This Monday marked the beginning of the 2017 legislative session and a return to work for senators and representatives. This also was the day that Governor Mary Fallin delivered her 7th State of the State address. In her speech, she urged the legislature to prioritize and revise budgeting procedures, starting with the taxes our state collects.
Fallin suggested a series of reforms to modernize the state’s tax laws, including the elimination of the state sales tax on groceries. Based on her estimates, Oklahoma families could see an annual savings of between $350 and $676 for a family of four. Sales taxes fund municipalities in Oklahoma, so this would have to be done without financially crippling our communities.
A second proposal suggested by Governor Fallin was to eliminate the corporate income tax. She suggested this will reduce the paperwork on businesses, and in turn reduce the number of tax credits and exemptions given to businesses.
For new revenue, Governor Fallin again asked legislators to raise the cigarette tax to not only generate new tax dollars, but also to improve the health of our state. As she cited in her speech, smoking remains the Number One preventable cause of death in Oklahoma, costing our state $1.62 billion in health care annually.
Another new source of revenue suggested by the governor is increasing the gasoline and diesel fuel taxes that fund roads and bridges. As she pointed out, Oklahoma currently ranks 48th in diesel tax in the nation and 49th in gasoline tax. She proposes increasing the state’s gas and diesel taxes to the regional state average.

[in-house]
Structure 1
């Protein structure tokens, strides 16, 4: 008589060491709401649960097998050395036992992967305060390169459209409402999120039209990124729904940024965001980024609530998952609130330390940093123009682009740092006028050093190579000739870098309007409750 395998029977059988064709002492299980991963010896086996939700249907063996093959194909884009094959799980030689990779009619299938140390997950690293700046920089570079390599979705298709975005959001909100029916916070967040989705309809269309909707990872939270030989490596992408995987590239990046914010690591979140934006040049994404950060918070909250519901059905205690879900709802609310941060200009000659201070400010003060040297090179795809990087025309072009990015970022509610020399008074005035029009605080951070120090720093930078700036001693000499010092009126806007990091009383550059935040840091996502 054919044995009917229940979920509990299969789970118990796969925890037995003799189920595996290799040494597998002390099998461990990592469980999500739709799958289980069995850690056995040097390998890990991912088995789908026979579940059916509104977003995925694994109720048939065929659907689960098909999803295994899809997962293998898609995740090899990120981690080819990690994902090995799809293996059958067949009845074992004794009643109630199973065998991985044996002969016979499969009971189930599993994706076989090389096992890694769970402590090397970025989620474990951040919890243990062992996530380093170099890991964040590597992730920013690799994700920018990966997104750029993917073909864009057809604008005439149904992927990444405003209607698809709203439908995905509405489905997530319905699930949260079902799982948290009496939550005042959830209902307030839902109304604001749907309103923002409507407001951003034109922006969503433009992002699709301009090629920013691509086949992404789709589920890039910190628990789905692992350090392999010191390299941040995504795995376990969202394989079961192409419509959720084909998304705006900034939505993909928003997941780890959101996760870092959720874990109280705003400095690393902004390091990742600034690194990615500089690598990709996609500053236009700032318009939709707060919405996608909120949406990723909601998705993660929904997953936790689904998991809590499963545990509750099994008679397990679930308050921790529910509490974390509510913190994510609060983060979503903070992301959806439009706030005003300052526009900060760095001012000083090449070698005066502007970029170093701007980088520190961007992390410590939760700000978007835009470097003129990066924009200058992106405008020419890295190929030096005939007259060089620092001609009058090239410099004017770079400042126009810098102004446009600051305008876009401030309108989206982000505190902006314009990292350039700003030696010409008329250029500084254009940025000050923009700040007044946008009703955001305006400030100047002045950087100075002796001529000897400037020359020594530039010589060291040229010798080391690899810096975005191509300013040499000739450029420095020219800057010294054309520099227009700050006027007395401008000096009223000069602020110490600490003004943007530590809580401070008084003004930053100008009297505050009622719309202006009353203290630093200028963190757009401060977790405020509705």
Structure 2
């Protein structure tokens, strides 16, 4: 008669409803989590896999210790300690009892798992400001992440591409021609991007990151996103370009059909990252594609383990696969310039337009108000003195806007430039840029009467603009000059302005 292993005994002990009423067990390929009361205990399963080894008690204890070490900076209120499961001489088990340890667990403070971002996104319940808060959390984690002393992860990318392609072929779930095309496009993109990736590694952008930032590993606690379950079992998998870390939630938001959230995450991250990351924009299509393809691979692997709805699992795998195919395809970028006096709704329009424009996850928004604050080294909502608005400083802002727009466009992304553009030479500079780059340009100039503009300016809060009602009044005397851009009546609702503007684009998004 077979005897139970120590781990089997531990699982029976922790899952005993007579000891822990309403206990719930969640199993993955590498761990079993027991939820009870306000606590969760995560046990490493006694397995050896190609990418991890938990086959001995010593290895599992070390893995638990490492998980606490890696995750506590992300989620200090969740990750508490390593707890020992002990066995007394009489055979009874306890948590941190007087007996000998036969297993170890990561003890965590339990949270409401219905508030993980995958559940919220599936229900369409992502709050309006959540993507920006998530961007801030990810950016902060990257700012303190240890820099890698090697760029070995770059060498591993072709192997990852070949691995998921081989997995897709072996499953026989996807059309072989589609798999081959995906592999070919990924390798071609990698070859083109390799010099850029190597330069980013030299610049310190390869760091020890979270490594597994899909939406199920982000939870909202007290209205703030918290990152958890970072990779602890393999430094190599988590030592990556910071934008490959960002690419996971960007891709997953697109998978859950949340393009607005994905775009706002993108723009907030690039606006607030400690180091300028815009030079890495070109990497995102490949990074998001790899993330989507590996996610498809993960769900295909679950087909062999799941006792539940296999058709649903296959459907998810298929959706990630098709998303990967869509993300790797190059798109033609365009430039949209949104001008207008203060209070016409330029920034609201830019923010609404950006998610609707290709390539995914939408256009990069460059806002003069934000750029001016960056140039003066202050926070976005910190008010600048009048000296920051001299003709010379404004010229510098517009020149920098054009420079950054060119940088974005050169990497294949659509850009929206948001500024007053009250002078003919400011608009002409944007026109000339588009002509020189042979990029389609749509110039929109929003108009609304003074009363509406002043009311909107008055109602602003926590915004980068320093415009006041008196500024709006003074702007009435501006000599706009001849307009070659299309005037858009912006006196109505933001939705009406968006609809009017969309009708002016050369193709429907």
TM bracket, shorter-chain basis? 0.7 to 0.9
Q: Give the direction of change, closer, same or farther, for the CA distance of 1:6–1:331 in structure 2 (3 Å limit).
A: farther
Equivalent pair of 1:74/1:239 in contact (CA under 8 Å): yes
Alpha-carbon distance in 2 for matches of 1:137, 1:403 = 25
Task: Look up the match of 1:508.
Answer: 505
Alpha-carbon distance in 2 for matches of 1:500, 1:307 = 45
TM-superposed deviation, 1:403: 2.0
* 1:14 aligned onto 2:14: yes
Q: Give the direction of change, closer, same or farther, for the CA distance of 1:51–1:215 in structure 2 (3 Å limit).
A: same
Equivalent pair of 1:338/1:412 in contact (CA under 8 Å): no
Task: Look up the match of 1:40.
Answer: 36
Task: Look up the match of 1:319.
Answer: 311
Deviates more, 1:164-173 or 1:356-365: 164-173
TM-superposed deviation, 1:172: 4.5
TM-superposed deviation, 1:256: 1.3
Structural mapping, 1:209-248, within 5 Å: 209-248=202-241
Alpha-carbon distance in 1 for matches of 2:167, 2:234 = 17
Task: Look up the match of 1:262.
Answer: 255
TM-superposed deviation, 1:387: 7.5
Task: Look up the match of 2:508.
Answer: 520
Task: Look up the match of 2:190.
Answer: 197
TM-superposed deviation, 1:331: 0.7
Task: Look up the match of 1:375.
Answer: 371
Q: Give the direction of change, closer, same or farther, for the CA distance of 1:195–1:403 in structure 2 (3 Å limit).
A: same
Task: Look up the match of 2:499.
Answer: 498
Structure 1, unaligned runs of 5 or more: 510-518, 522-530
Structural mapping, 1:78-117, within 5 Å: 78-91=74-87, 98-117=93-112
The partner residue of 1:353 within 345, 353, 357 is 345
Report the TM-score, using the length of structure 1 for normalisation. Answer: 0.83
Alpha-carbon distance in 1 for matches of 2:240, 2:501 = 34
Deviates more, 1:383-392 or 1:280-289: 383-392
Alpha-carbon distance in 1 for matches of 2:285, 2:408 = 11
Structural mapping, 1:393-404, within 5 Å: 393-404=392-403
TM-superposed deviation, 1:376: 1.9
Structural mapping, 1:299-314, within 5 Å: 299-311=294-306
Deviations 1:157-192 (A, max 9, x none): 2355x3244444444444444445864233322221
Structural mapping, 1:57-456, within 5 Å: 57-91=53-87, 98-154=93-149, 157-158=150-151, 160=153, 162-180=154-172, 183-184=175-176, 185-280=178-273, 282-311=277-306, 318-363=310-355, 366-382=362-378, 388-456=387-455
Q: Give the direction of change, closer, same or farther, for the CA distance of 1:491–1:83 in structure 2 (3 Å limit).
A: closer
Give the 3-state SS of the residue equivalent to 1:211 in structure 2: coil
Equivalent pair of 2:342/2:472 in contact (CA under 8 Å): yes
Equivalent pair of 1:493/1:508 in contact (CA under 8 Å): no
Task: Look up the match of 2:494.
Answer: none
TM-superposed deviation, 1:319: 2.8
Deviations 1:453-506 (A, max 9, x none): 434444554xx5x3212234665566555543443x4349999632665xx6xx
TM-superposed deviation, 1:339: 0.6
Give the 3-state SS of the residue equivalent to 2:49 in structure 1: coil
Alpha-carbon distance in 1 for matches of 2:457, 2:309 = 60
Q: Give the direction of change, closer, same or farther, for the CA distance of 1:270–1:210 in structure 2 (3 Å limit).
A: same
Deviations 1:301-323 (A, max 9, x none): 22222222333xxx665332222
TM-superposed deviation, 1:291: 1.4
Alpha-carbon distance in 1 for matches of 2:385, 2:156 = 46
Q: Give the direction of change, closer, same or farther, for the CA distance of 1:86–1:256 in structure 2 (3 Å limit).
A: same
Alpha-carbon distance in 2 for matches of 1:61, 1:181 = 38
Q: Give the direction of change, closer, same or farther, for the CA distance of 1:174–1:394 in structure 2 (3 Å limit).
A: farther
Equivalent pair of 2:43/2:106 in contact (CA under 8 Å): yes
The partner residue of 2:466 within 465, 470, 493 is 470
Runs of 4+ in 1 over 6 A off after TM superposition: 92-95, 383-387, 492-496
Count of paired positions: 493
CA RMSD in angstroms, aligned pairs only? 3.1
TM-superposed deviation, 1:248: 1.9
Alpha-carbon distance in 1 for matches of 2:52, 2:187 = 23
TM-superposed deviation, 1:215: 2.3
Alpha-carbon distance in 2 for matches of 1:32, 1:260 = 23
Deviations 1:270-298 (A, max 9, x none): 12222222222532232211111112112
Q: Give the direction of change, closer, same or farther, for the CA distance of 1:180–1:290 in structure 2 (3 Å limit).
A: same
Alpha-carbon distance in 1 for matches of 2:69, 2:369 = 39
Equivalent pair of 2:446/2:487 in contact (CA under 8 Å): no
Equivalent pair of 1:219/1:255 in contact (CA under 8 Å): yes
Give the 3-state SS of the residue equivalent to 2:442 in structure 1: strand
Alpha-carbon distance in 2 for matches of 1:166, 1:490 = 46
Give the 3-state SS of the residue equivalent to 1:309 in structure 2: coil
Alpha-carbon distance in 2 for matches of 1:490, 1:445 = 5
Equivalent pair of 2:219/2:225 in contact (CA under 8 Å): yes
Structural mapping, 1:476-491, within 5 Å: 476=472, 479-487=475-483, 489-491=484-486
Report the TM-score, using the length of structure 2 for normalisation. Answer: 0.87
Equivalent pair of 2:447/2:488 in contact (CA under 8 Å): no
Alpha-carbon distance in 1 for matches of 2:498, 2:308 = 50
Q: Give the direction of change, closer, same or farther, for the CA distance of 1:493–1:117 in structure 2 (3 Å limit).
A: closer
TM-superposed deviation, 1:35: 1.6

She encouraged lawmakers to invest in ways that are smarter on crime and tough on violent criminals. With 61,000 people currently under the jurisdiction of Corrections, our prisons are over capacity, and our prison population is expected to grow by 25 percent in the next 10 years without changes to how people are sentenced.
“Oklahoma’s overall incarceration rate is the second-highest in the country,” said Fallin. “We lead the nation in female incarceration – incarcerating women at two and a half times the national average.”
Going forward, lawmakers must either build or lease three new prisons, or look for ways to enhance rehabilitation.”
“Seventy-five percent of new admissions in prison are nonviolent offenders,” said Fallin. “The number of drug-possession offenders sentenced to prison with no prior convictions has more than doubled the last five years.”
Her suggested budget includes new money for corrections and treatment, which includes a $50 million bond issue to build wings both a male and female prison for substance abuse offenders and rehabilitation.
These were budget priorities outlined by the Governor. Now, the ball is in the legislature’s court. It is important that people across our state share their views with their legislators on the priority issues that impact the health, education, safety and welfare of children. The Oklahoma Institute for Child Advocacy will be present throughout the session, encouraging legislators to pursue policies that are in the best interest of the children of Oklahoma.